An urgent court-authorised Caesarean: Seeing behind a published judgment

I can see why planned care for someone in a highly distressed and deteriorating state is attractive on many fronts. However, like the Court, I really struggle with the sense that there seems to have been no attempt to engage openly and honestly with Miss K, at a time when she may have been better placed to consider her wishes and feelings in an inevitably harrowing situation. 

Chaos in court and incompetent decision-making: Visual monitoring Part 2

By Claire Martin, 17th June 2021 This hearing, on 6th and 7th May 2021 before HHJ Howells at Wrexham County and Family Court (COP 13575520 Re: B) was the second hearing I’ve observed concerning “David” – a 39-year-old man with a severe learning disability, poorly controlled epilepsy and congenital cerebral palsy with right-sided hemiplegia.  At the previous hearing, onContinue reading “Chaos in court and incompetent decision-making: Visual monitoring Part 2”

Happy First Birthday to the Open Justice Court of Protection Project

Celia Kitzinger and Gill Loomes-Quinn, 15th June 2021 One year ago today, on 15th June 2020, we launched the Open Justice Court of Protection Project, a child of the pandemic.  It was born of our passionate belief that “publicity is the very soul of justice” at a time when it seemed that the public health emergencyContinue reading “Happy First Birthday to the Open Justice Court of Protection Project”

Evidence of risk of planned home birth

By James Walker, 11th June 2021 Other experts who have contributed to this Project’s discussion of the Court of Protection case of An Expectant Mother [2021] EWCOP 33 are not alone in the misunderstanding of the data surrounding home births. This is largely due to the fact that the presentation of the data is influencedContinue reading “Evidence of risk of planned home birth”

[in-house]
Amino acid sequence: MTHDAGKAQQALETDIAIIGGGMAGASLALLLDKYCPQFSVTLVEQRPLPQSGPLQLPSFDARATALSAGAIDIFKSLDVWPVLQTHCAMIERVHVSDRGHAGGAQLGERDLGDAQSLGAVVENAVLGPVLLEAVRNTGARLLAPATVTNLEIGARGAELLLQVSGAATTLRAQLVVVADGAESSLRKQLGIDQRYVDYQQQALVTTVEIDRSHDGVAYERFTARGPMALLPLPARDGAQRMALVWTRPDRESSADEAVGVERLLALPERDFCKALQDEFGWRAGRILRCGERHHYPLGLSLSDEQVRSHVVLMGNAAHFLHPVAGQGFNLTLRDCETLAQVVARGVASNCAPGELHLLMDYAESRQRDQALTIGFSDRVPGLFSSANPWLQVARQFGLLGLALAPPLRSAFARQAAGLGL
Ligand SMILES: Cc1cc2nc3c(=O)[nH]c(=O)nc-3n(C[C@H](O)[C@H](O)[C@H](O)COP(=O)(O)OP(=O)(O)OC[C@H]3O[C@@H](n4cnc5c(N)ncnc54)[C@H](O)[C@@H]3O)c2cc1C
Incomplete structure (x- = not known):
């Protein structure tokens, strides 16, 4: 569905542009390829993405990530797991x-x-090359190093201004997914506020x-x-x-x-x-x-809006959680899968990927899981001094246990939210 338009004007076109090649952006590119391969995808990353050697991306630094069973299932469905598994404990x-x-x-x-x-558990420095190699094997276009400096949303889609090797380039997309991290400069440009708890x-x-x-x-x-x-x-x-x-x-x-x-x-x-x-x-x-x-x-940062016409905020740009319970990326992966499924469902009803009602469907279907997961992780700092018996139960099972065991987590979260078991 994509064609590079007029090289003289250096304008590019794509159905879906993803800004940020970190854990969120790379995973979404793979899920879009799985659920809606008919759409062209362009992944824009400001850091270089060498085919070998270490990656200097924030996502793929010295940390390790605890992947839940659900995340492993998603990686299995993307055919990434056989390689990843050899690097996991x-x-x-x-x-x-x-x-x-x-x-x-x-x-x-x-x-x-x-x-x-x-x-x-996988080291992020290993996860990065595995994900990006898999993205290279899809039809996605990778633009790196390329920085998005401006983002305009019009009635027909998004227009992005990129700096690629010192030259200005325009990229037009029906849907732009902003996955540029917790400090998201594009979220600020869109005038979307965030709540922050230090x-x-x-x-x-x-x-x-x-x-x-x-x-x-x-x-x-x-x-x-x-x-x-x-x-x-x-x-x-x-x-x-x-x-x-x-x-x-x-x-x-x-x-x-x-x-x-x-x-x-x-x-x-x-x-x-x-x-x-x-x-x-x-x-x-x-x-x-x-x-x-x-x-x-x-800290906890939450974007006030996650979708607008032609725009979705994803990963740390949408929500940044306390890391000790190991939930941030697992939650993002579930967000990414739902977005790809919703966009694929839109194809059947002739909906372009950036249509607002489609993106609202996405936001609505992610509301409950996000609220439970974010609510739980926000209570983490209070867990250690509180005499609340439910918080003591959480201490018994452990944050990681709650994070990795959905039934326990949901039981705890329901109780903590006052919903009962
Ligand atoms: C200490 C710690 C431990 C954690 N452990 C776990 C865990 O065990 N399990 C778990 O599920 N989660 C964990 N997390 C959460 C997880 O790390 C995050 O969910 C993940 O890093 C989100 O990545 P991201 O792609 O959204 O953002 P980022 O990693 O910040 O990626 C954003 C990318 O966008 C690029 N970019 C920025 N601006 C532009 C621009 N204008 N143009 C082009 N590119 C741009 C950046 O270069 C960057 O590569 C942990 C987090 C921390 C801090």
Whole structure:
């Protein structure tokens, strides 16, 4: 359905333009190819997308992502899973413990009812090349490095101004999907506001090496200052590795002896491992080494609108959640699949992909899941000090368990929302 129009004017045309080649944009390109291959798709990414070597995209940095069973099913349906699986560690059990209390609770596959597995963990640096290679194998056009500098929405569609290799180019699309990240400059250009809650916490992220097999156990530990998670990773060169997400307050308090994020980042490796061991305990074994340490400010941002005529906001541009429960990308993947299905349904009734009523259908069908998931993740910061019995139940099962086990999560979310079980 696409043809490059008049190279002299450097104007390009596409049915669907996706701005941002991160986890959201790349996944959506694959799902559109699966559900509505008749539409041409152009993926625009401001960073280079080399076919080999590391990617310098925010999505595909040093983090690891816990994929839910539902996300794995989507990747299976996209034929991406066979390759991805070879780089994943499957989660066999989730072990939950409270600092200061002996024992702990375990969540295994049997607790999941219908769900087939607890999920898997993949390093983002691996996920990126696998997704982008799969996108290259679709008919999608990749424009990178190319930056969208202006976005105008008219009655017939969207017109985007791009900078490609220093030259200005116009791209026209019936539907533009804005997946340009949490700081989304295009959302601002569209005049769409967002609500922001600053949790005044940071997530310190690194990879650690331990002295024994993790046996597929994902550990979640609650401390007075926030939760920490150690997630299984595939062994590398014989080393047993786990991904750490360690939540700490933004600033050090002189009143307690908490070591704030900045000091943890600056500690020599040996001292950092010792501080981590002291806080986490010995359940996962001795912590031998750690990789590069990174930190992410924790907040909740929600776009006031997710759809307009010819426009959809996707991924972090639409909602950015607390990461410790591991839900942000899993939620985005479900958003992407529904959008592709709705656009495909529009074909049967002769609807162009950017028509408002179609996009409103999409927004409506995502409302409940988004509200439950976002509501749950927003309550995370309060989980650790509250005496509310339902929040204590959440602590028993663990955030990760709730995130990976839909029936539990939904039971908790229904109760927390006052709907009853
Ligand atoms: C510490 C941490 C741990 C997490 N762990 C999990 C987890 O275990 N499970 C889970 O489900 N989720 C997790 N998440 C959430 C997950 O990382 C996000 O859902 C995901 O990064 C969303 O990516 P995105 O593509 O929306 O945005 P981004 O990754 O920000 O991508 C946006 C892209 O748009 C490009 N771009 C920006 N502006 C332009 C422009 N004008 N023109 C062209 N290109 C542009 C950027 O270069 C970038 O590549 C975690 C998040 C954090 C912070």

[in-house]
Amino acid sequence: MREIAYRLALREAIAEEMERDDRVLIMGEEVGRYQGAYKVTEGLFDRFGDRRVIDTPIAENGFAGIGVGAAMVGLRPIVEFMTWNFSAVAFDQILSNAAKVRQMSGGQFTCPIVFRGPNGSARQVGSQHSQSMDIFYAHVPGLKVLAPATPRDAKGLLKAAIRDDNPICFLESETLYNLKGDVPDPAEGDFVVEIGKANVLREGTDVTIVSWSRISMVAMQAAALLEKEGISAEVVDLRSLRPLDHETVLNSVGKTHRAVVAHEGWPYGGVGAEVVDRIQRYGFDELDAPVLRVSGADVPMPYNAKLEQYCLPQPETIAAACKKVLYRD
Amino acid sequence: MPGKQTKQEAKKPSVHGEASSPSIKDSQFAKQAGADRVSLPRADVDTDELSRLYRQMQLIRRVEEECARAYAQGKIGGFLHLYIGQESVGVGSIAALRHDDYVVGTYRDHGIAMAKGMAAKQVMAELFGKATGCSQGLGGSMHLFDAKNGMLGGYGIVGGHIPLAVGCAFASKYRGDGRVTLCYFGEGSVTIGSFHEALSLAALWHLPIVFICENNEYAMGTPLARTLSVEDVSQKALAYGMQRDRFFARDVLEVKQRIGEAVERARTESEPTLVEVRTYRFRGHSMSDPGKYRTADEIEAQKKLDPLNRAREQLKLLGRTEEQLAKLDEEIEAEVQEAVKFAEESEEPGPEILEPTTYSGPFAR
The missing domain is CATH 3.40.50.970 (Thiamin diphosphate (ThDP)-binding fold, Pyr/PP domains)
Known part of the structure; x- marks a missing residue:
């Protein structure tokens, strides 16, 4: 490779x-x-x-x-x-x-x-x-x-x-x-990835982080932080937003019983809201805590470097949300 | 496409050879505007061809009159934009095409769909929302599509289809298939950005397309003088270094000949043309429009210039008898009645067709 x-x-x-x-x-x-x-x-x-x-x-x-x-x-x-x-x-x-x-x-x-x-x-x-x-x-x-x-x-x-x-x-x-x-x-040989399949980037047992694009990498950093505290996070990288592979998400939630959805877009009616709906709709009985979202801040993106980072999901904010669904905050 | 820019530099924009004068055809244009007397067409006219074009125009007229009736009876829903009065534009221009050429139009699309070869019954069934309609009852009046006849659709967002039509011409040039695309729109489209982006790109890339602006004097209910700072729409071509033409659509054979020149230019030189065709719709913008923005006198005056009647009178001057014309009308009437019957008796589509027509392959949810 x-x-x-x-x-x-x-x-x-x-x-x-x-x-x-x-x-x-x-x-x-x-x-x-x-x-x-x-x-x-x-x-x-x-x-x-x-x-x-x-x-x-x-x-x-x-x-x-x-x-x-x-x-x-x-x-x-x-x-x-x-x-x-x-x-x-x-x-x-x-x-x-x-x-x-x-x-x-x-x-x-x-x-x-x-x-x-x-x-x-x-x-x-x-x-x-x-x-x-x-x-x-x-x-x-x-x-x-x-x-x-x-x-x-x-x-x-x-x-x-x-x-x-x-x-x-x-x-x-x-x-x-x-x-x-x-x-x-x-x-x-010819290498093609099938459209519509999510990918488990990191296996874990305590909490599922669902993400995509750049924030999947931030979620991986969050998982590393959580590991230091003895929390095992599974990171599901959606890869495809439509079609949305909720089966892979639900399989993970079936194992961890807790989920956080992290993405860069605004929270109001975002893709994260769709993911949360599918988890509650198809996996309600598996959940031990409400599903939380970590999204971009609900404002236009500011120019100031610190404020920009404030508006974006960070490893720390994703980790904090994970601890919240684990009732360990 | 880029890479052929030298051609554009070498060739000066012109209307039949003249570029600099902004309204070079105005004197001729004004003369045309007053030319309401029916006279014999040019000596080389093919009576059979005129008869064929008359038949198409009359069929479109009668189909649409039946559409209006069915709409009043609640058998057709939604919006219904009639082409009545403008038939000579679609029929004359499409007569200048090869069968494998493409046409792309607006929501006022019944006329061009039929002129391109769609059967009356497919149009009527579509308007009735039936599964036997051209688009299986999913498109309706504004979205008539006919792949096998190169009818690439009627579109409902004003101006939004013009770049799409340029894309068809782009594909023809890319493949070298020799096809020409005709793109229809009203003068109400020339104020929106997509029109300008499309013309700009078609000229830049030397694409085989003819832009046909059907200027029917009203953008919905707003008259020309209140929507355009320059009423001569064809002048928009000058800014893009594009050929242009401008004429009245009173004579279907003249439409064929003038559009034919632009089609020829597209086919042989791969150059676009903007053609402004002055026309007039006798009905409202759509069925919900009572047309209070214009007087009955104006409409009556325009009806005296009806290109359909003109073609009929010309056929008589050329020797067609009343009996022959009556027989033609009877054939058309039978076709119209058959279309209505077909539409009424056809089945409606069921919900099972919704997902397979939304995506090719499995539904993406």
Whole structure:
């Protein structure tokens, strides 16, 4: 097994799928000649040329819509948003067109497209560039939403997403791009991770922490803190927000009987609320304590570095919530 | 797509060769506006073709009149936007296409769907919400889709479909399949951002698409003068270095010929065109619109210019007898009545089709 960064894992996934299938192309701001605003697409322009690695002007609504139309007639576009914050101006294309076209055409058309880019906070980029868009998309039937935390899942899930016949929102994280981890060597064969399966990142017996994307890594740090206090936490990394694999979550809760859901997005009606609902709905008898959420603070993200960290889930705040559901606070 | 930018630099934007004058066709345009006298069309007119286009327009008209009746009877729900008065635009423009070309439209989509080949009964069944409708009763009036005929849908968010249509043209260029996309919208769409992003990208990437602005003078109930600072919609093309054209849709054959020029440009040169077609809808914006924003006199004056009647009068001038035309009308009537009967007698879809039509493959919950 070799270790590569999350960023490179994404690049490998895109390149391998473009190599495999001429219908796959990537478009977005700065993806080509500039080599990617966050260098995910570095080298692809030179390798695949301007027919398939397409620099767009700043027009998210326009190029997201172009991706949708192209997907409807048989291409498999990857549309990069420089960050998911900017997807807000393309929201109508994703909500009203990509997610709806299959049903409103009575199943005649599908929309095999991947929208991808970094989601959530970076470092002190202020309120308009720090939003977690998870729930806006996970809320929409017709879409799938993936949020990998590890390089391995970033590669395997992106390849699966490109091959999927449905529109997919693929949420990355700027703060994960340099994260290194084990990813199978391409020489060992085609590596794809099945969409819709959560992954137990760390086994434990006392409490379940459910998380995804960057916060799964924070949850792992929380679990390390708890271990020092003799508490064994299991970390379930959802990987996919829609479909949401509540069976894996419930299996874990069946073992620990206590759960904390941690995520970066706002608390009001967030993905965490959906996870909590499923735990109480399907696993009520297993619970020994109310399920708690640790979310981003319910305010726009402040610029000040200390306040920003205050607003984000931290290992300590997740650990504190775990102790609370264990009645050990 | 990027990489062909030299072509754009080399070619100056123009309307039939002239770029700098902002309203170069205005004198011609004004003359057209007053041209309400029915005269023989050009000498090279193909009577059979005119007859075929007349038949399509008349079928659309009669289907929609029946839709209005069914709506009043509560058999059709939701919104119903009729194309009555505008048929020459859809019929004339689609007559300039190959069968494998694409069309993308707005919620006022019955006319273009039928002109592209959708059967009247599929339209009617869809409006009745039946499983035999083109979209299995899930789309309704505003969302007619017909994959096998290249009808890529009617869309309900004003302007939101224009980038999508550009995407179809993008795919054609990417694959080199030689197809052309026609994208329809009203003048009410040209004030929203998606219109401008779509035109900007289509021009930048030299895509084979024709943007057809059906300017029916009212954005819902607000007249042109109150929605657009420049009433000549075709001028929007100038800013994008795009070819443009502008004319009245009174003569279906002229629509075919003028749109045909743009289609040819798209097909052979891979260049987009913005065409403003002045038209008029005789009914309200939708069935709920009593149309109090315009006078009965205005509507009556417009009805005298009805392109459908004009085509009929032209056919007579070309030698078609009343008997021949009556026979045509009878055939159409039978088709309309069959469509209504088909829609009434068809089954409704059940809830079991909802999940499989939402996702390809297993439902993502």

Faith, Science and the objectivity of expert evidence

“If organisations like Christian Concern are willing to spend time and money on conducting their ‘pro-life’ campaigns via courtroom litigation, and can find experts willing to act for them, there may be very little the Court of Protection can do to prevent them.”

Ambiguity and uncertainty in clinical reasoning

“So,  I would not only allow but would actively encourage video recording, especially by family members, and especially of observed behaviours the family believe may not have been seen or noticed by clinical observers. If this is openly discussed at an early stage, the clinical team can, at the same time, point out that any recorded material must not be disseminated beyond those people who have a legitimate personal relationship with the patient”

The Prologue to a Life Story

By Rebecca Poz, 18th February 2021 I have attended court before, both in person pre-Covid, and remotely in 2020. I have attended Magistrate’s Court, Crown Courts, the Court of Protection and the High Court, as well as Fitness to Practice Hearings, but I have only ever attended as an Expert Witness, and once as aContinue reading “The Prologue to a Life Story”

Capacity for sex and marriage

By Claire Martin and Celia Kitzinger, 22nd January 2021 Back in October 2020, a hearing before Mr Justice Poole (COP 13551368) was adjourned, part-heard, after inadequate reports from the expert witness, Dr Quinn.  He reported that the person at the centre of the case (she’s “AG” in the judgment and we called her “Barbara” in our previous blog) lacked theContinue reading “Capacity for sex and marriage”

Autoerotic asphyxiation: capacity and best interests

This case centred around whether an individual, let’s call him ‘James’, had capacity to decide whether or not to engage in a sexual activity known as autoerotic asphyxiation (AEA), the practice of strangling or suffocating oneself during masturbation to heighten sexual arousal. The question of capacity also concerned James’ engagement with other individuals on the internet.

When Expert Evidence Fails

A hearing before Mr Justice Poole (COP 13551368) listed for three days (26-28 October 2020) was adjourned, only part-heard, because of inadequate reports from the expert witness. The expert witness, Dr Q, a consultant psychiatrist, gave evidence that the person at the centre of the case (let’s call her Barbara) lacked mental capacity to make any of the decisions before the court. His evidence simply collapsed under cross-examination.